Investigate performance counters (dotnet-counters)

This article applies to: ✔️ .NET Core 3.0 SDK and later versions

Install

There are two ways to download and install dotnet-counters:

Note

To use dotnet-counters on an x86 app, you need a corresponding x86 version of the tool.

Synopsis

dotnet-counters [-h|--help] [--version] <command>

Description

dotnet-counters is a performance monitoring tool for ad-hoc health monitoring and first-level performance investigation. It can observe performance counter values that are published via the EventCounter API. For example, you can quickly monitor things like the CPU usage or the rate of exceptions being thrown in your .NET Core application to see if there's anything suspicious before diving into more serious performance investigation using PerfView or dotnet-trace.

Options

  • --version

    Displays the version of the dotnet-counters utility.

  • -h|--help

    Shows command-line help.

Commands

Command
dotnet-counters collect
dotnet-counters list
dotnet-counters monitor
dotnet-counters ps

dotnet-counters collect

Periodically collect selected counter values and export them into a specified file format for post-processing.

Synopsis

dotnet-counters collect [-h|--help] [-p|--process-id] [-n|--name] [--diagnostic-port] [--refresh-interval] [--counters <COUNTERS>] [--format] [-o|--output] [-- <command>]

Options

  • -p|--process-id <PID>

    The ID of the process to be collect counter data from.

  • -n|--name <name>

    The name of the process to be collect counter data from.

  • --diagnostic-port

    The name of the diagnostic port to create. See using diagnostic port for how to use this option to start monitoring counters from app startup.

  • --refresh-interval <SECONDS>

    The number of seconds to delay between updating the displayed counters

  • --counters <COUNTERS>

    A comma-separated list of counters. Counters can be specified provider_name[:counter_name]. If the provider_name is used without a qualifying list of counters, then all counters from the provider are shown. To discover provider and counter names, use the dotnet-counters list command.

  • --format <csv|json>

    The format to be exported. Currently available: csv, json.

  • -o|--output <output>

    The name of the output file.

  • -- <command> (for target applications running .NET 5.0 or later only)

    After the collection configuration parameters, the user can append -- followed by a command to start a .NET application with at least a 5.0 runtime. dotnet-counters will launch a process with the provided command and collect the requested metrics. This is often useful to collect metrics for the application's startup path and can be used to diagnose or monitor issues that happen early before or shortly after the main entrypoint.

    Note

    Using this option monitors the first .NET 5.0 process that communicates back to the tool, which means if your command launches multiple .NET applications, it will only collect the first app. Therefore, it is recommended you use this option on self-contained applications, or using the dotnet exec <app.dll> option.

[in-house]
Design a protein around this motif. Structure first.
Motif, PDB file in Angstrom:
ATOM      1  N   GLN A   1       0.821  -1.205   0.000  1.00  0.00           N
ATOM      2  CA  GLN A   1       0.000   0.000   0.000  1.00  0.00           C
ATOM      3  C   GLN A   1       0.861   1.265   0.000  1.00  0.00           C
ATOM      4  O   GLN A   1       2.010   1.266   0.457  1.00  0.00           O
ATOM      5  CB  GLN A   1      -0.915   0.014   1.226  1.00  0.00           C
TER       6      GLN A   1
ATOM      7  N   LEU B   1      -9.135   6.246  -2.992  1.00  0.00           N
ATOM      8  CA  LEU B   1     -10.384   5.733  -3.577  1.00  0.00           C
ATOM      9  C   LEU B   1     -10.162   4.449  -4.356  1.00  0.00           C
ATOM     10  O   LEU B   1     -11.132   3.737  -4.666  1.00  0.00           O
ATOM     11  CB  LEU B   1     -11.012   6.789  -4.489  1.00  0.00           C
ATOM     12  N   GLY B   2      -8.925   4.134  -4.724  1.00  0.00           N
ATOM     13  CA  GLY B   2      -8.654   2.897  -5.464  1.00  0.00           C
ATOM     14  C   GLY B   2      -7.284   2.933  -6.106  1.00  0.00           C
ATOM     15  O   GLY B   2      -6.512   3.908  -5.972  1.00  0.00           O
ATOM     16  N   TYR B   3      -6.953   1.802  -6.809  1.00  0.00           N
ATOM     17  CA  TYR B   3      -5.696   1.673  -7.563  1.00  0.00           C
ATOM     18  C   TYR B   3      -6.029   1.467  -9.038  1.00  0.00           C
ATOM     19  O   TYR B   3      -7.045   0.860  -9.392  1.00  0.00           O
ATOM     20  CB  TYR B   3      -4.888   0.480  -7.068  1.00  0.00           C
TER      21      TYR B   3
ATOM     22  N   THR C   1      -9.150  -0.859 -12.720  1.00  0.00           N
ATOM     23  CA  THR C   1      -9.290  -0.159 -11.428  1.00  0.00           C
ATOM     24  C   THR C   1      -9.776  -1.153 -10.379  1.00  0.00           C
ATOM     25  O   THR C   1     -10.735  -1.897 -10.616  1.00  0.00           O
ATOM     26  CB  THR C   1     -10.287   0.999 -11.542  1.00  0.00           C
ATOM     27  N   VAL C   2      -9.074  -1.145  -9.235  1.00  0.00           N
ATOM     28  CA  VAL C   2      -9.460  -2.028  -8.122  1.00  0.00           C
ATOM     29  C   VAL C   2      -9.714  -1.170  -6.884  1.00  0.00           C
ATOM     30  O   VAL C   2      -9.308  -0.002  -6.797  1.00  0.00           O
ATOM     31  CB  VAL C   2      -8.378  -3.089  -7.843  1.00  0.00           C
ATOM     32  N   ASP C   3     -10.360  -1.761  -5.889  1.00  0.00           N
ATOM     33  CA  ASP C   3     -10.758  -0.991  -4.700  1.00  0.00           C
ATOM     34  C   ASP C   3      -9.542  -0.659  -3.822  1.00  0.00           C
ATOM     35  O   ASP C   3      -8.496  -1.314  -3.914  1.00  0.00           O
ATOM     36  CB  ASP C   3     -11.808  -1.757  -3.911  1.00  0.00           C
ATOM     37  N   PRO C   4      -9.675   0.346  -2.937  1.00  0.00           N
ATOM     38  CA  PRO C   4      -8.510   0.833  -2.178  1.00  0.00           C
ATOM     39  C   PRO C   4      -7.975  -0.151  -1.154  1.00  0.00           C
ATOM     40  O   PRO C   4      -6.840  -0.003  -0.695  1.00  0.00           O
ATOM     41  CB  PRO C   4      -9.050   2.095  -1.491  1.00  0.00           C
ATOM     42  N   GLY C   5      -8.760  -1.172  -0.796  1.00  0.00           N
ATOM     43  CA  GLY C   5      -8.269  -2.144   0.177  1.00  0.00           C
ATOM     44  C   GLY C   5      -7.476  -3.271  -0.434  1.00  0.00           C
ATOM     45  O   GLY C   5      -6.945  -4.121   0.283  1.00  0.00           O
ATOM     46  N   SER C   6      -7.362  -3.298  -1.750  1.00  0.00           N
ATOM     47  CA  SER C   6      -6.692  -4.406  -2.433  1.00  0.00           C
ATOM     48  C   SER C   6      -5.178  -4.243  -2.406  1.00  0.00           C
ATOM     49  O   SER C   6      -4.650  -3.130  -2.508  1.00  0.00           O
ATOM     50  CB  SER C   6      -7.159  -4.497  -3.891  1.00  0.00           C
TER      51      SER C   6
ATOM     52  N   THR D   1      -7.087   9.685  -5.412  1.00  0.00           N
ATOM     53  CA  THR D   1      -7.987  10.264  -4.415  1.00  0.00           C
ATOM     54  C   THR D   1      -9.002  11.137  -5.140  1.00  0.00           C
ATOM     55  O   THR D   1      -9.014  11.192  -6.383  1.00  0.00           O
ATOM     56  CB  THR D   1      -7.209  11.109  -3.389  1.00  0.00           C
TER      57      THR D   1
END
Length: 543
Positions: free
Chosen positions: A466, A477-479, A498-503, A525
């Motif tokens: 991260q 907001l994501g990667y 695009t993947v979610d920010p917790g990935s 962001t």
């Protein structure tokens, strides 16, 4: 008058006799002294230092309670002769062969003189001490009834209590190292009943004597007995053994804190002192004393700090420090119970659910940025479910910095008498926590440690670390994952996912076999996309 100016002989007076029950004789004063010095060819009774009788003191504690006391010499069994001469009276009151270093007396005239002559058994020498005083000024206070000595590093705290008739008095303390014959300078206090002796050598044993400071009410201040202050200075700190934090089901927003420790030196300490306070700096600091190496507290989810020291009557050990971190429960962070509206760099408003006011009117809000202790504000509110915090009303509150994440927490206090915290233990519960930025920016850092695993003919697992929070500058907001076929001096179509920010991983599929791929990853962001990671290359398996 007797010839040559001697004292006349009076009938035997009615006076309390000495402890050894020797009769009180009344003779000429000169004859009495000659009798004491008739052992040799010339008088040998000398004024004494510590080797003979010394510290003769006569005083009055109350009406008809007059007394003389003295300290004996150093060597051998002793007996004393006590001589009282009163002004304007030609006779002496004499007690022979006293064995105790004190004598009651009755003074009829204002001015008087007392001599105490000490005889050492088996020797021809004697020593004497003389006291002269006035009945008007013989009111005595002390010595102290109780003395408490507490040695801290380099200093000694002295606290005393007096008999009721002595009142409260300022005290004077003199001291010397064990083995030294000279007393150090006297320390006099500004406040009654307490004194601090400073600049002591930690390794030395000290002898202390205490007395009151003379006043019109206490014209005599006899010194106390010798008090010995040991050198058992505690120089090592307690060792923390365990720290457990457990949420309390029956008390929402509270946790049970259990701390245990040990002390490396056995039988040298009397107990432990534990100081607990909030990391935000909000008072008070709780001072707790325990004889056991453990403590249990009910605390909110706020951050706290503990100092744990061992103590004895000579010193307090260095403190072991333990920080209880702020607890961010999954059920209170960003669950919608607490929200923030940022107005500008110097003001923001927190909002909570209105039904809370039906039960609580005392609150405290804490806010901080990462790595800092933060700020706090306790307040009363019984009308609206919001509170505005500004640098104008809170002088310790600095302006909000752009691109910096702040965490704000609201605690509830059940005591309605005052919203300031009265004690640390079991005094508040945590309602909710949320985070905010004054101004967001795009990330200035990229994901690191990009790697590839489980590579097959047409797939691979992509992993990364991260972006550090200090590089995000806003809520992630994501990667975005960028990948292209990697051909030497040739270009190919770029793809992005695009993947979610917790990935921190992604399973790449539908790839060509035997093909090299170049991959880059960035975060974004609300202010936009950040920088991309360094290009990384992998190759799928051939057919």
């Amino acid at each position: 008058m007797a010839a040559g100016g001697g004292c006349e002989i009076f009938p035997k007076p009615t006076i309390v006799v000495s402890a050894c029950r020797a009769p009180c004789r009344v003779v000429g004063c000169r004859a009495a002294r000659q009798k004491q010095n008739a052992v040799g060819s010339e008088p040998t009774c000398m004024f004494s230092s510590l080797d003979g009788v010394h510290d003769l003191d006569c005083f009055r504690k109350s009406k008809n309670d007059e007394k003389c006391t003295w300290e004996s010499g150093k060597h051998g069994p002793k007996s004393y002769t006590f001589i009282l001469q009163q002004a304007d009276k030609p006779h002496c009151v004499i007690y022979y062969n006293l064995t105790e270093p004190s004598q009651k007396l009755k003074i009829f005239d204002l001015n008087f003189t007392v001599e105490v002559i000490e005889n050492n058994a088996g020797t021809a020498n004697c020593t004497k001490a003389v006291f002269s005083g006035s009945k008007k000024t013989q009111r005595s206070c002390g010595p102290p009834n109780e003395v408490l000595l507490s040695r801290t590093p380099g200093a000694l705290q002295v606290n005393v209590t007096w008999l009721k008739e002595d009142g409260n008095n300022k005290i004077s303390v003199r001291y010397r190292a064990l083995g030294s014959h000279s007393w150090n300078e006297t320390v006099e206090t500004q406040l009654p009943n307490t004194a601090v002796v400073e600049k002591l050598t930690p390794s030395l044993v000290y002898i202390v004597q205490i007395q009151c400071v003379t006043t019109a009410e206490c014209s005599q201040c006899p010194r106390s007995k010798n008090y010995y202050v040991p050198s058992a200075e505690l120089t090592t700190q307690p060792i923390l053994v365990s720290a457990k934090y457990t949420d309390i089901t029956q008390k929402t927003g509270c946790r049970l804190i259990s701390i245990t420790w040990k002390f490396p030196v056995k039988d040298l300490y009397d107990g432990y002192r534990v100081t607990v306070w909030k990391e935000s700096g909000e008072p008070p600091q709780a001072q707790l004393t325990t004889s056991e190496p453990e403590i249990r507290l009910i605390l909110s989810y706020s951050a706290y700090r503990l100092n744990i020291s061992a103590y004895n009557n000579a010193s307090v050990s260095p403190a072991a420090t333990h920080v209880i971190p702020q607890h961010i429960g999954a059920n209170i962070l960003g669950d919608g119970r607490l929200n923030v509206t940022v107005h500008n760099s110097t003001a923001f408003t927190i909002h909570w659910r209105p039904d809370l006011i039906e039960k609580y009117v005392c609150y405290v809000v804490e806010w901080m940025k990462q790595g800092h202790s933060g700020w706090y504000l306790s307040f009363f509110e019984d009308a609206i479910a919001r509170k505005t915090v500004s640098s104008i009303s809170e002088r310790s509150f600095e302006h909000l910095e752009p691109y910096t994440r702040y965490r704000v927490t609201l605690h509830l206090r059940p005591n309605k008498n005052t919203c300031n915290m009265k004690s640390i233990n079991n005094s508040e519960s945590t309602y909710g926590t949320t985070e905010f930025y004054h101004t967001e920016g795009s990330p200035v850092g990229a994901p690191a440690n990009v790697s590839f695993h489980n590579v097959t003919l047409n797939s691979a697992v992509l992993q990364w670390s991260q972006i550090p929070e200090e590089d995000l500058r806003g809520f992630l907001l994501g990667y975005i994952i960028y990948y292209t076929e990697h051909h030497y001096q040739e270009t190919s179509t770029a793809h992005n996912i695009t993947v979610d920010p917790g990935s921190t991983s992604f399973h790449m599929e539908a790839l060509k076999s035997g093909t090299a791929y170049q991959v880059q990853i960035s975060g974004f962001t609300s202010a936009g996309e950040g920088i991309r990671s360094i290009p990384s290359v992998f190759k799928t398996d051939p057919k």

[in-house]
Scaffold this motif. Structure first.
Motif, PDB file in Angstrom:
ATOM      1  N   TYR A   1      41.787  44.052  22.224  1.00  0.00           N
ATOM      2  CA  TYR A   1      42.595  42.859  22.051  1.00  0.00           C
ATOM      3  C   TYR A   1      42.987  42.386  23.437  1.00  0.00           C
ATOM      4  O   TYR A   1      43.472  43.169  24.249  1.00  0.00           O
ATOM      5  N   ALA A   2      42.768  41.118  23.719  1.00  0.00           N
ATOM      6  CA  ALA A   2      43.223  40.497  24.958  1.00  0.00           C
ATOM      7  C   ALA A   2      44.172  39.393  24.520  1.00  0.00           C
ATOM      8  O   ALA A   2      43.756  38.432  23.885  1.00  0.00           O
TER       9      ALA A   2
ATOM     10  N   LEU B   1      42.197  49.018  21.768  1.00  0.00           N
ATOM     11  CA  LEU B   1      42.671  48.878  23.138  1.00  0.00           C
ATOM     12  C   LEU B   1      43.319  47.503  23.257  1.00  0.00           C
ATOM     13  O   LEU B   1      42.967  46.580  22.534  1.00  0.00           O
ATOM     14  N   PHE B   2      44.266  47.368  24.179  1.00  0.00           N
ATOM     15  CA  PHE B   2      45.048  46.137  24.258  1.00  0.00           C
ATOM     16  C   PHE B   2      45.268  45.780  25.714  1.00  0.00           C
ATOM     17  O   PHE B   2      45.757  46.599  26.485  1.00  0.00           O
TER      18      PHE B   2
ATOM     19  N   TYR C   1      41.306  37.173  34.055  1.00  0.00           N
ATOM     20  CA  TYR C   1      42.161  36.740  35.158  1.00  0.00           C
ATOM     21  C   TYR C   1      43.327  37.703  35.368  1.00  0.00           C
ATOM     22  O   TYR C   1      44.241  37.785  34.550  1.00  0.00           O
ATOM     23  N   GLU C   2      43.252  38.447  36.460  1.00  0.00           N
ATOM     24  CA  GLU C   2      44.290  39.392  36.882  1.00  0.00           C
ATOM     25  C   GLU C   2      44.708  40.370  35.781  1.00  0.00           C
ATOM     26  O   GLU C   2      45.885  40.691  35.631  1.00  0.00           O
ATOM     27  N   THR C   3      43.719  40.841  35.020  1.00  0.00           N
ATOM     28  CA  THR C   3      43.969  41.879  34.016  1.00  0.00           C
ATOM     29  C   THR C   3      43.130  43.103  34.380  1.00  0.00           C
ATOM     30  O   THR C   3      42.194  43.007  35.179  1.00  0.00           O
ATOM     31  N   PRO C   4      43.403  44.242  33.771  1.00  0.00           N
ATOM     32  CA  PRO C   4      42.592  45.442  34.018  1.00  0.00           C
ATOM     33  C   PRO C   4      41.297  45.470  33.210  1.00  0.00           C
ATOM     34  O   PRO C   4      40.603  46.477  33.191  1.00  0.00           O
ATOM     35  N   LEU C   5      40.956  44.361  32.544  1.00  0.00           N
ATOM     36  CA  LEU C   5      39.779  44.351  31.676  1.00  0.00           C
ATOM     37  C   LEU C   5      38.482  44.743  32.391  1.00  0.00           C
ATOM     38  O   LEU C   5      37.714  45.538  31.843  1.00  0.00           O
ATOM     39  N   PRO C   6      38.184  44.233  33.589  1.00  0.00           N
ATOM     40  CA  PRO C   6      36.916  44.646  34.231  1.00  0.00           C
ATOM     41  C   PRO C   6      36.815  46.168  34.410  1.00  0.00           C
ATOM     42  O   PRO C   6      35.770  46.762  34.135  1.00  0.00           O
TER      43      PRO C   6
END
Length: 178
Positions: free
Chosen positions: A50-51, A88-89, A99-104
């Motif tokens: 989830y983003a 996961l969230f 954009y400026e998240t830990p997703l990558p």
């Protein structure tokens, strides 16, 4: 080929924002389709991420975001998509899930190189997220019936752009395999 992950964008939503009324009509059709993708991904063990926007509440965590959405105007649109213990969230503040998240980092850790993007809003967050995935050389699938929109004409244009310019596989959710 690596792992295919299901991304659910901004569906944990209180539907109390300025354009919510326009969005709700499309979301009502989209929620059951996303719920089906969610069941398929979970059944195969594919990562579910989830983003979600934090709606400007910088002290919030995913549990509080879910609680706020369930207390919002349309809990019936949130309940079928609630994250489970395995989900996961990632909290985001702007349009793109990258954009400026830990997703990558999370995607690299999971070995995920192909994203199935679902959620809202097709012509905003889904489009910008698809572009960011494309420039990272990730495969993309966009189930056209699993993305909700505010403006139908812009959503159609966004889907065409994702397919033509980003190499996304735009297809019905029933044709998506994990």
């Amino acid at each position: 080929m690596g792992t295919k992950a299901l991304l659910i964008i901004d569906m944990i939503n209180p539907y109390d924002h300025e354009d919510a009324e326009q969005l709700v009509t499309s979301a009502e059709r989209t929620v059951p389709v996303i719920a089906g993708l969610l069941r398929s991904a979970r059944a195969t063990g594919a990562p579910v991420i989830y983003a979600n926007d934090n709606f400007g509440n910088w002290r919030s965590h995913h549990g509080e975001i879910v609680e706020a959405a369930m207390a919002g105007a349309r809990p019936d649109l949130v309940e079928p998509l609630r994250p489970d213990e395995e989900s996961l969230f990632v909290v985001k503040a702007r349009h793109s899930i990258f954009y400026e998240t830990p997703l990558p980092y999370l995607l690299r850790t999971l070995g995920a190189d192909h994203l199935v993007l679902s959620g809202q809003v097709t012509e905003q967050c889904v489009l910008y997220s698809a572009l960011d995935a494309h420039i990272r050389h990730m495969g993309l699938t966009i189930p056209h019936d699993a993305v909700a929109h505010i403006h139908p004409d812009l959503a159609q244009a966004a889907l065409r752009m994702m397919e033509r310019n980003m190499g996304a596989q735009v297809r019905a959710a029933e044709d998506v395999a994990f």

Note

    Launching a .NET executable via dotnet-counters will make its input/output to be redirected and you won't be able to interact with its stdin/stdout. Exiting the tool via CTRL+C or SIGTERM will safely end both the tool and the child process. If the child process exits before the tool, the tool will exit as well and the trace should be safely viewable. If you need to use stdin/stdout, you can use the --diagnostic-port option. See Using diagnostic port for more information.

Note

On Linux and macOS, this command expects the target application and dotnet-counters to share the same TMPDIR environment variable. Otherwise, the command will time out.

Note

To collect metrics using dotnet-counters, it needs to be run as the same user as the user running target process or as root. Otherwise, the tool will fail to establish a connection with the target process.

Examples

  • Collect all counters at a refresh interval of 3 seconds and generate a csv as output:

    > dotnet-counters collect --process-id 1902 --refresh-interval 3 --format csv
    
    counter_list is unspecified. Monitoring all counters by default.
    Starting a counter session. Press Q to quit.
    
  • Start dotnet mvc.dll as a child process and start collecting runtime counters and ASP.NET Core Hosting counters from startup and save it as a JSON output:

    > dotnet-counters collect --format json --counters System.Runtime,Microsoft.AspNetCore.Hosting -- dotnet mvc.dll
    Starting a counter session. Press Q to quit.
    File saved to counter.json
    

dotnet-counters list

Displays a list of counter names and descriptions, grouped by provider.

Synopsis

dotnet-counters list [-h|--help]

Example

> dotnet-counters list
Showing well-known counters only. Specific processes may support additional counters.

System.Runtime
    cpu-usage                                    Amount of time the process has utilized the CPU (ms)
    working-set                                  Amount of working set used by the process (MB)
    gc-heap-size                                 Total heap size reported by the GC (MB)
    gen-0-gc-count                               Number of Gen 0 GCs per interval
    gen-1-gc-count                               Number of Gen 1 GCs per interval